Byline: Tony Bridges
Since Sept 11, law enforcement in America may have changed forever.
Police officials across the country say that protecting their communities from rapists, robbers, con men and killers is no longer enough.
While federal cooperation is weak and some politicians balk at the idea, police plan to become the front-line defense against terrorism, rooting out terrorist cells in the nation's cities and helping to stop attacks before they happen.
That's going to mean intense intelligence-gathering by local cops; more police at transportation hubs and public events; new ties between local, state and federal law enforcement agencies; and possibly more cost to taxpayers for less-personalized police services. "Law enforcement (officers) have become domestic warriors," said Palm Beach County (Fla.) Sheriff Ed Bieluch. "You have to stop terrorists before the airplane leaves the ground."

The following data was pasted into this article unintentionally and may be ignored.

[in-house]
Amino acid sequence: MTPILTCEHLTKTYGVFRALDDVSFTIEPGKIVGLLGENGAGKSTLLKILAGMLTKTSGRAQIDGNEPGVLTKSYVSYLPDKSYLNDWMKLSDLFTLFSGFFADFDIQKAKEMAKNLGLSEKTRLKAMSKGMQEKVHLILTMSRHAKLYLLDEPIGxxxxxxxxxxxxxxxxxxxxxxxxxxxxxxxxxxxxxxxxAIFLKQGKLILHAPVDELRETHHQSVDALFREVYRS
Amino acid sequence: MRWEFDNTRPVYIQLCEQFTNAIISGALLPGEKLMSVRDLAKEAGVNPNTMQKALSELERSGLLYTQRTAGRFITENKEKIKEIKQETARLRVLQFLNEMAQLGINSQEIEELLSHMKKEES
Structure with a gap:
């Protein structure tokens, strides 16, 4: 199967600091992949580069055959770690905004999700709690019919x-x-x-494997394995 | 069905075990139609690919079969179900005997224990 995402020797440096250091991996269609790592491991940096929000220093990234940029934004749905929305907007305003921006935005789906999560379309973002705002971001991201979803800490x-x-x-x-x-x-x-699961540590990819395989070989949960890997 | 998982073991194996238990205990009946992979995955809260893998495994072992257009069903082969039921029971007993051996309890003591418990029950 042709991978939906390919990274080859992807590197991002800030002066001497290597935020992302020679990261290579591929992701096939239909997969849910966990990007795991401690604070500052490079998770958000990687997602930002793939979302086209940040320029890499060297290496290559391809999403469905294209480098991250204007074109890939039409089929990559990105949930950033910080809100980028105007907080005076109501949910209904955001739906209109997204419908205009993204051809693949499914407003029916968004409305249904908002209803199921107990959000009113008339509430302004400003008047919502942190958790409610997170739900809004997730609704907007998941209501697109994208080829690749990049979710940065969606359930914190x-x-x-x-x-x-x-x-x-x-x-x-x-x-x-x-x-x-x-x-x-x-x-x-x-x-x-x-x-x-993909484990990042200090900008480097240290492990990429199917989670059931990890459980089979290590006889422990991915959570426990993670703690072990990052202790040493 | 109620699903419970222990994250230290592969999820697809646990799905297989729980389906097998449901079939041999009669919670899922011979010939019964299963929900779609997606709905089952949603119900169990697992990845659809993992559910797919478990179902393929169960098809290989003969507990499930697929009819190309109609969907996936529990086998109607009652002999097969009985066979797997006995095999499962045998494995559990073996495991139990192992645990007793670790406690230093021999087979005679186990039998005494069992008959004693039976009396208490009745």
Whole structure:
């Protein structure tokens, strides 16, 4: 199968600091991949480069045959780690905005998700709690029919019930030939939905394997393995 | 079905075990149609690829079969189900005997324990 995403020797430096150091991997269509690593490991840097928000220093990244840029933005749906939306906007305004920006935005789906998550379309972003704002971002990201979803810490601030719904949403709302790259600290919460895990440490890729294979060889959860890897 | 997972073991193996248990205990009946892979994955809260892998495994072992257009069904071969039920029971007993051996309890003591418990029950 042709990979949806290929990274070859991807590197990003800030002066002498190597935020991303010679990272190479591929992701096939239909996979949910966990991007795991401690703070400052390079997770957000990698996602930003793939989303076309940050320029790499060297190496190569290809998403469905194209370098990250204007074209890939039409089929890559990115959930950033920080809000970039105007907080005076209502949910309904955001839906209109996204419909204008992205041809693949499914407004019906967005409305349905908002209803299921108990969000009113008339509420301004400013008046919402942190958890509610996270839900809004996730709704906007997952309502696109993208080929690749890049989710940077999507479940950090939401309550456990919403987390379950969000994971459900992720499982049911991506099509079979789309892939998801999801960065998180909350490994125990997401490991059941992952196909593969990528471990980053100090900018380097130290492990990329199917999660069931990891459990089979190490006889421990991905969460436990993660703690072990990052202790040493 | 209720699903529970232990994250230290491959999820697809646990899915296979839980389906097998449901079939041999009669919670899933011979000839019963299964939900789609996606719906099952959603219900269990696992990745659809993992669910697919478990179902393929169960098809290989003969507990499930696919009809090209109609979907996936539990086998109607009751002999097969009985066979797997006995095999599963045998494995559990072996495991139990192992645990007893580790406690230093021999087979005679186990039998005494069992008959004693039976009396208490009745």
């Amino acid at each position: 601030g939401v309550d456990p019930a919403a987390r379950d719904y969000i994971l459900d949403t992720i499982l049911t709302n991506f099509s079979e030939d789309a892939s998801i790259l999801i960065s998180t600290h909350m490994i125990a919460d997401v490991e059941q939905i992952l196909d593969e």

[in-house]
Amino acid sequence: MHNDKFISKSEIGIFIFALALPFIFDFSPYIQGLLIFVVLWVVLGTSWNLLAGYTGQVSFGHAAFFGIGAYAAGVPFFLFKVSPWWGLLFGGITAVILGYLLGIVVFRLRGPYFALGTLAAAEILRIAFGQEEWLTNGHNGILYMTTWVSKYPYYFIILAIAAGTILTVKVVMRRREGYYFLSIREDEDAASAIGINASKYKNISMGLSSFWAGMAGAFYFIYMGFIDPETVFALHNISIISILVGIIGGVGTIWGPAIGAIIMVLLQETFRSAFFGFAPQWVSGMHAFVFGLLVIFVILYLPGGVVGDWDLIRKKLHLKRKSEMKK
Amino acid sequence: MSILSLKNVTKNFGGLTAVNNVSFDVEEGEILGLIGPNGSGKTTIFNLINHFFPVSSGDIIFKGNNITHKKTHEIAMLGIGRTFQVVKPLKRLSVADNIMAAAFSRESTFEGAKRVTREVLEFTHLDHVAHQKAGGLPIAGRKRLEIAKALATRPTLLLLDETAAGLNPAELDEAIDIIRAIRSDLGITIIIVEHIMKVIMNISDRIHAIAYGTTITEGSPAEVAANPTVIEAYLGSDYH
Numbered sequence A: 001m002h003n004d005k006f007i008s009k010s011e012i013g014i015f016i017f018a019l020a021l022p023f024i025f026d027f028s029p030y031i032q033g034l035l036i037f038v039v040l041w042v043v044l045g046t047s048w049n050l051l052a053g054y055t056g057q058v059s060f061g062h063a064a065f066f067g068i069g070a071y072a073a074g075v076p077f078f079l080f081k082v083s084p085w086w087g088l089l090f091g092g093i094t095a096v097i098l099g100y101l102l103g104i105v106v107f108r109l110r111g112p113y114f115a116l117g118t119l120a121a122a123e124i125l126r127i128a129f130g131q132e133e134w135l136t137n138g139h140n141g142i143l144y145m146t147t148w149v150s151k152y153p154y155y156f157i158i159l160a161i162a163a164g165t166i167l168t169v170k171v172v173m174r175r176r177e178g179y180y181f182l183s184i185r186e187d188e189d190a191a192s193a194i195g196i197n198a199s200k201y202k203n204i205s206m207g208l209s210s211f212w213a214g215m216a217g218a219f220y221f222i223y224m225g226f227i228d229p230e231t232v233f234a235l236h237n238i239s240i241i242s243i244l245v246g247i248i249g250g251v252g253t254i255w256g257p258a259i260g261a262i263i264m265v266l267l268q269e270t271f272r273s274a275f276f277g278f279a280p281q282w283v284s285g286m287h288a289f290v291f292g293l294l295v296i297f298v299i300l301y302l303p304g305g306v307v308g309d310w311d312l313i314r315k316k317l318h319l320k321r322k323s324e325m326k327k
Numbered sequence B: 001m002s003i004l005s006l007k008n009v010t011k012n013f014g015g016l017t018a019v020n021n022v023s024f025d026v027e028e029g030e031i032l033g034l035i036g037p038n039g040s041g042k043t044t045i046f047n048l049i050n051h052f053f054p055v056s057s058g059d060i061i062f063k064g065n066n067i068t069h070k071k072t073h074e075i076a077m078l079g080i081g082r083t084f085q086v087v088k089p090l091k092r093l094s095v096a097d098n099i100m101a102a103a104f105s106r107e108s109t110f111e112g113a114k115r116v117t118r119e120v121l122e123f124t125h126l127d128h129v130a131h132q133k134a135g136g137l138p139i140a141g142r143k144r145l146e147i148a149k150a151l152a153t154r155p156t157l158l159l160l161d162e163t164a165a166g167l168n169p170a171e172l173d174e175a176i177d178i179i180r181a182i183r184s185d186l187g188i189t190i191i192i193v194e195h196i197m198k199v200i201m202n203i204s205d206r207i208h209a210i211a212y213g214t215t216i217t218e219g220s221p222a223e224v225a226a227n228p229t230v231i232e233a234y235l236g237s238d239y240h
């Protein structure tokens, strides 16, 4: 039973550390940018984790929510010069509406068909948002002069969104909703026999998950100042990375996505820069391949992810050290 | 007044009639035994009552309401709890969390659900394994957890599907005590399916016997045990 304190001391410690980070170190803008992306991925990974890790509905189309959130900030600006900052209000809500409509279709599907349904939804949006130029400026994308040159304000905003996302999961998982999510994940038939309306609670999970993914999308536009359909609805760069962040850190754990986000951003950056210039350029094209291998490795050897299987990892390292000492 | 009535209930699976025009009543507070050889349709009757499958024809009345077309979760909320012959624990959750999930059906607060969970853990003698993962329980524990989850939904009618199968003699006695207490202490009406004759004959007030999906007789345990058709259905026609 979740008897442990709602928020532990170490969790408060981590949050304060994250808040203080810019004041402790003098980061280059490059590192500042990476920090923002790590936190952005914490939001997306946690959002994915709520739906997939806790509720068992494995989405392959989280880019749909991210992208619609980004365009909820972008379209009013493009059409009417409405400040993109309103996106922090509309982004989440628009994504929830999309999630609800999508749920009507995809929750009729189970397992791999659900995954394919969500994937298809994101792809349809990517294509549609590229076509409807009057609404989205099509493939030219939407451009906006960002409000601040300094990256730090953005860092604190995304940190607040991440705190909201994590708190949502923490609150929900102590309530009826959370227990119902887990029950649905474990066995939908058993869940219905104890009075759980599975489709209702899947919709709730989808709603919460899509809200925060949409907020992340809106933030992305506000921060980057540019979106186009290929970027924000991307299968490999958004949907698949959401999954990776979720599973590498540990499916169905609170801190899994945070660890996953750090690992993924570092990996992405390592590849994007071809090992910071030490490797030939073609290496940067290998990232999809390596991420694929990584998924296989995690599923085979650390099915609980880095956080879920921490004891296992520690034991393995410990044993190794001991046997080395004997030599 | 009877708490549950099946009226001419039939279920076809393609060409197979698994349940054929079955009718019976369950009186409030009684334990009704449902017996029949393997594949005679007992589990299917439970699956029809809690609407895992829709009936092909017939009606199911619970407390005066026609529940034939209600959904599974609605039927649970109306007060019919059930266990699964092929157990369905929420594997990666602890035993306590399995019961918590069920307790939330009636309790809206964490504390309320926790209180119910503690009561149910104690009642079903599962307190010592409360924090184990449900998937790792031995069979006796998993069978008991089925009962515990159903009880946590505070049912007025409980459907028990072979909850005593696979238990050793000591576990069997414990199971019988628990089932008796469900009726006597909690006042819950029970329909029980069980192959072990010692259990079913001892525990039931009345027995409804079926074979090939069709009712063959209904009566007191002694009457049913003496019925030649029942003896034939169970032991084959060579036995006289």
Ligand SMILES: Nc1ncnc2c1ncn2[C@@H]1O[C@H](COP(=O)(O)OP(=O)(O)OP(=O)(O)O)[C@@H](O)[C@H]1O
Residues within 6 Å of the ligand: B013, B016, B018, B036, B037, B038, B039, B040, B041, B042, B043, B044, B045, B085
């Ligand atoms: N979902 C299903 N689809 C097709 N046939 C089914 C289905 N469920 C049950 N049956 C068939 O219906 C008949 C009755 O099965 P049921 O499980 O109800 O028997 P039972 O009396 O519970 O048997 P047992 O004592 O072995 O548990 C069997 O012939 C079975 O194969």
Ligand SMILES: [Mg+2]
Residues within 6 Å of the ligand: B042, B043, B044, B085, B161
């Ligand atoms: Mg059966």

Cops spy on terrorists
That's why, since Sept. 11, the new buzzword in law enforcement circles is "intelligence." Most police agencies have had intelligence units for years, so it's not a new concept. They run electronic surveillance operations, work with informants and analyze crime data. But they've traditionally been focused on the old law enforcement standbys: drugs, gangs and organized crime.
Now, police departments around …